Polar marine biology science in Portugal and Spain: Recent advances and future perspectives

José C. Xavier*, Andrés Barbosa, Susana Agustí, Laura Alonso-Sáez, Pedro Alvito, Julia Ameneiro, Conxita Ávila, Alexandra Baeta, João Canário, Raquel Carmona, Paulo Catry, Filipe Ceia, Melody S. Clark, Francisco J. Cristobo, Bruno Cruz, Carlos M. Duarte, Blanca Figuerola, Josep Maria Gili, Ana R. Gonçalves, Francisco J.L. GordilloJosé P. Granadeiro, Miguel Guerreiro, Enrique Isla, Carlos Jiménez, Pablo J. López-González, Sílvia Lourenço, João C. Marques, Elena Moreira, Ana M. Mota, Marta Nogueira, Laura Núñez-Pons, Covadonga Orejas, Vitor H. Paiva, Albert Palanques, Gareth A. Pearson, Carlos Pedrós-Alió, Álvaro L. Peña Cantero, Deborah M. Power, Jaime A. Ramos, Sergi Rossi, José Seco, Elisabet Sañé, Ester A. Serrão, Sergi Taboada, Sílvia Tavares, Núria Teixidó, Dolors Vaqué, Tiago Valente, Elsa Vázquez, Rui P. Vieira, Benjamin Viñegla

*Corresponding author for this work

Research output: Contribution to journalReview articlepeer-review

11 Scopus citations


Polar marine ecosystems have global ecological and economic importance because of their unique biodiversity and their major role in climate processes and commercial fisheries, among others. Portugal and Spain have been highly active in a wide range of disciplines in marine biology of the Antarctic and the Arctic. The main aim of this paper is to provide a synopsis of some of the results and initiatives undertaken by Portuguese and Spanish polar teams within the field of marine sciences, particularly on benthic and pelagic biodiversity (species diversity and abundance, including microbial, molecular, physiological and chemical mechanisms in polar organisms), conservation and ecology of top predators (particularly penguins, albatrosses and seals), and pollutants and evolution of marine organisms associated with major issues such as climate change, ocean acidification and UV radiation effects. Both countries have focused their polar research more in the Antarctic than in the Arctic. Portugal and Spain should encourage research groups to continue increasing their collaborations with other countries and develop multi-disciplinary research projects, as well as to maintain highly active memberships within major organizations, such as the Scientific Committee for Antarctic Research (SCAR), the International Arctic Science Council (IASC) and the Association of Polar Early Career Scientists (APECS), and in international research projects.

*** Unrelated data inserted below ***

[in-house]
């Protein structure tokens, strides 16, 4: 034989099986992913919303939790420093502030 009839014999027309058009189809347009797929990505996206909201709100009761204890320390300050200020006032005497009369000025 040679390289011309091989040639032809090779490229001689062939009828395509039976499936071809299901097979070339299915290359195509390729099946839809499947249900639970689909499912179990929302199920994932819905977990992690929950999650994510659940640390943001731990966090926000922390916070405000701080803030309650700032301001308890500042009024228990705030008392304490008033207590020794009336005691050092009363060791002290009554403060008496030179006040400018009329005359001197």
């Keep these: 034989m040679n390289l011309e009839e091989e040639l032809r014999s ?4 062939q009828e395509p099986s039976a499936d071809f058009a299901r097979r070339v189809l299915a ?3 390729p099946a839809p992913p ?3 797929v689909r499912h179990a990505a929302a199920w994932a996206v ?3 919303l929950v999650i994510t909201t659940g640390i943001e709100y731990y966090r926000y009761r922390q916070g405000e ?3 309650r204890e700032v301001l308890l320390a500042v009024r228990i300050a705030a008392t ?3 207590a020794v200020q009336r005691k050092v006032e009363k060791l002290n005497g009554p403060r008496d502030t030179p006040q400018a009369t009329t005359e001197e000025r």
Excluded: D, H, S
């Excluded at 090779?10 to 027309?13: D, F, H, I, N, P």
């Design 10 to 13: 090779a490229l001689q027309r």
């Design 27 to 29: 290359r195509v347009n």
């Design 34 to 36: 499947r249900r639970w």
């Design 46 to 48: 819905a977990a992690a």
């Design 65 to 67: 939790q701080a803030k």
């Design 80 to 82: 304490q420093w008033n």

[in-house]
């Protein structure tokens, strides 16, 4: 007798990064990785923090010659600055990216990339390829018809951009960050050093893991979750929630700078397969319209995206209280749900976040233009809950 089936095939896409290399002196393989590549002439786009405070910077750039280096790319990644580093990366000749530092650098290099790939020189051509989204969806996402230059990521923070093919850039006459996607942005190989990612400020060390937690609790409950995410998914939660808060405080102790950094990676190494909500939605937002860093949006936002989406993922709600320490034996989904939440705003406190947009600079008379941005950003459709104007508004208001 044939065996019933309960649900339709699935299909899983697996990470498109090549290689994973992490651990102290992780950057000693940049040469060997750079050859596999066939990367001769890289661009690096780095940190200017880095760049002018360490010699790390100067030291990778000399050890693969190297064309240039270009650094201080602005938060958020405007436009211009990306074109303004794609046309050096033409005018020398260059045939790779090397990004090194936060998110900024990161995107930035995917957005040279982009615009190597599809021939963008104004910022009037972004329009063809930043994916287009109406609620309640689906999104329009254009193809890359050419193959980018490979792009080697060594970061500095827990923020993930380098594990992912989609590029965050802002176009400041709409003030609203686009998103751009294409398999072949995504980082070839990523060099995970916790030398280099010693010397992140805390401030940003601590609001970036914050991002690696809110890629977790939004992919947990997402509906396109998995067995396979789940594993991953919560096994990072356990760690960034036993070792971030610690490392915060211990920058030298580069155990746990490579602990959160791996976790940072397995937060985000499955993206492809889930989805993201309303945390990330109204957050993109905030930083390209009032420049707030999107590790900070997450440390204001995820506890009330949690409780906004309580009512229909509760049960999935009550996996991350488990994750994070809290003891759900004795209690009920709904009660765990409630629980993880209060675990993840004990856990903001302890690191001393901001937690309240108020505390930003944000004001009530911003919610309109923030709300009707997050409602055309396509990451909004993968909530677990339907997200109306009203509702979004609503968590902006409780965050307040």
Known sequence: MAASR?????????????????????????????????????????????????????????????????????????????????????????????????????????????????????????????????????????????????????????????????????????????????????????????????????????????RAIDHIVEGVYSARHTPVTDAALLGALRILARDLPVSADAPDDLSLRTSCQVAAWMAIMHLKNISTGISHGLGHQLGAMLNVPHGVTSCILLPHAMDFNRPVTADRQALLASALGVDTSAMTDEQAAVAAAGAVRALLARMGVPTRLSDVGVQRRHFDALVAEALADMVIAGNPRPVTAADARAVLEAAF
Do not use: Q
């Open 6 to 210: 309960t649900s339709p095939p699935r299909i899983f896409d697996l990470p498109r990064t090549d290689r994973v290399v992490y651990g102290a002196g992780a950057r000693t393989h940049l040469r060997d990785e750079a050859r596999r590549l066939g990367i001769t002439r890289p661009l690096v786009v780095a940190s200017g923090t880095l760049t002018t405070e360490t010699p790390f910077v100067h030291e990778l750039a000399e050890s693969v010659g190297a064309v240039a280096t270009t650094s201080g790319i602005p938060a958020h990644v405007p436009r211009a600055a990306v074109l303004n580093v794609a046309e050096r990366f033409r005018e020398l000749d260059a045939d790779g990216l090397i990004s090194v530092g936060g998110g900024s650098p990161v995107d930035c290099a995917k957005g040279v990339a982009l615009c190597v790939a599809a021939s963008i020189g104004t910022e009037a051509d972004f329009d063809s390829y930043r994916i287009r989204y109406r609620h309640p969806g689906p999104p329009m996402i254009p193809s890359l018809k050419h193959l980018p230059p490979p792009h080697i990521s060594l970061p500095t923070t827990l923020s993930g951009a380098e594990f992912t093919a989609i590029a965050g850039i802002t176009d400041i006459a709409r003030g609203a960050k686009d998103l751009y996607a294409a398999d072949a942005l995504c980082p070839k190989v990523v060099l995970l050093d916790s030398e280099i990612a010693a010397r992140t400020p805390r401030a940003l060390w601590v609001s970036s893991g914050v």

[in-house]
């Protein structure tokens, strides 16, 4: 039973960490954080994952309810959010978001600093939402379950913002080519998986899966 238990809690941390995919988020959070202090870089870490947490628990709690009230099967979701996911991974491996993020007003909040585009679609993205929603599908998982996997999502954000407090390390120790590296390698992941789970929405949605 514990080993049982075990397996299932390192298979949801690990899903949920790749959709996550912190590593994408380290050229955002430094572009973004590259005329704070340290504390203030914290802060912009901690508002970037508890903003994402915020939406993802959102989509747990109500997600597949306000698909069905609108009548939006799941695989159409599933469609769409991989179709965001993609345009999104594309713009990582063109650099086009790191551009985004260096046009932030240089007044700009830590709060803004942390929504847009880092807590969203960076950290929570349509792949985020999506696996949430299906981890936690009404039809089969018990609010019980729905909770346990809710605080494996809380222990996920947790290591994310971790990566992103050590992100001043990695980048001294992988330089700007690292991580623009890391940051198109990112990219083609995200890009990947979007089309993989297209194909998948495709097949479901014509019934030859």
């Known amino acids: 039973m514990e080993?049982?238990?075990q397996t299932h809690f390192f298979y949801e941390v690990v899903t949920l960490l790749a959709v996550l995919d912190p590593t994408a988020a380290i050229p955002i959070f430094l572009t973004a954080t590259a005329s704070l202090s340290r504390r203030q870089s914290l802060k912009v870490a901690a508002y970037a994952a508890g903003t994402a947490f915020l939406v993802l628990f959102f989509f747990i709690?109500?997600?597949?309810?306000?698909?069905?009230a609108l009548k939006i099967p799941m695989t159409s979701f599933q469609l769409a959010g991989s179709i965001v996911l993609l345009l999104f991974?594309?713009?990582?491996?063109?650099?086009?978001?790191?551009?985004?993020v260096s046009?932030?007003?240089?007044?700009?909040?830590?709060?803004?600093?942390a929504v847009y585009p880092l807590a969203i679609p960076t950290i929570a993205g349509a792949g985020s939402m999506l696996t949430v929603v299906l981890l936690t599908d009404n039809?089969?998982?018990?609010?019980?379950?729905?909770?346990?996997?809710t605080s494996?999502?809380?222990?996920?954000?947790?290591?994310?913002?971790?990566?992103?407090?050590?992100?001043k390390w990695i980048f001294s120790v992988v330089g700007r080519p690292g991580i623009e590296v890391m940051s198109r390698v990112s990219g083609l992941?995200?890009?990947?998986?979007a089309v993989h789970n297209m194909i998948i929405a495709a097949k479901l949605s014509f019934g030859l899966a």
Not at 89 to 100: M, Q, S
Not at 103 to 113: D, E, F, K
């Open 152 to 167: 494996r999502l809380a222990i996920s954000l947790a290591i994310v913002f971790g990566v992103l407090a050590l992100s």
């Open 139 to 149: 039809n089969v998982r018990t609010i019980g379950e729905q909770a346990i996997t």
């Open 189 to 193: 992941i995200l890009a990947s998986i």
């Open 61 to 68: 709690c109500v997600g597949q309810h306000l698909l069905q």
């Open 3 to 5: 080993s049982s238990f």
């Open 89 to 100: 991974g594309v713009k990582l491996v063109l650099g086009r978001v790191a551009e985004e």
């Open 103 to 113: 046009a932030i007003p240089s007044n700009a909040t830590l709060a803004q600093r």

Original languageEnglish (US)
Pages (from-to)9-29
Number of pages21
JournalJournal of Sea Research
StatePublished - Oct 2013
Externally publishedYes

Bibliographical note

Funding Information:
The work was supported by the Fundação para a Ciência e a Tecnologia (Portugal) , including its Ciência program, by the Portuguese Polar Program PROPOLAR and by several grants, including the projects PTDC/MAR/099366/2008 and Pest-OE/MAR/UI0331/2011 . Spanish polar research was funded by the Spanish Ministerio de Ciencia e Innovación grants POL2006-06399 , CGL2007- 65453/ANT , CTM2010-17415/ANT CLG2007-28872-E/ANT “BOREAL” and REN2002-11565-E/ANT “CASES-2003/4” , grant 2003ACES 00029 from DURSI, Generalitat de Catalunya , TEMPANO ( REN2001-0588/ANT ) to Dolors Vaqué; ESEPAC ( ANT97-0273 ) to Susana Agusti, ICEPOS ( REN2002-04165-C03-02/ANT ), ATOS (2006–2009) POL2006-00550/CTM to Carlos M. Duarte; and Arctic Tipping Points (ATP , contract # 226248 ) from the European Union to Paul F. Wassmann, BREDDIES Project ( REN2001-2650/ANT ), COUPLING Project ( CTM2008-06343-C02-02 ) sponsored by the Spanish Ministry of Science and Technology , Xunta de Galicia-FEDER ( 2010/87 ) by the Consellería de Educación, Xunta de Galicia ( CTM2009-11128ANT ) funded by the Ministerio de Ciencia e Innovación of Spain and the Fondo Europeo de Desarrollo Regional (FEDER) , projects CGL2007-64149/ANT and CTM2011-24007 , projects REN2001-5004/ANT , CGL2004-01348 , POL2006-05175 , CGL2007-60369 , CTM2009-08154-E and CTM2011-24427 and the European Development Regional Fund (that contributed to the International Polar Year project Birdhealth and PINGUCLIM project).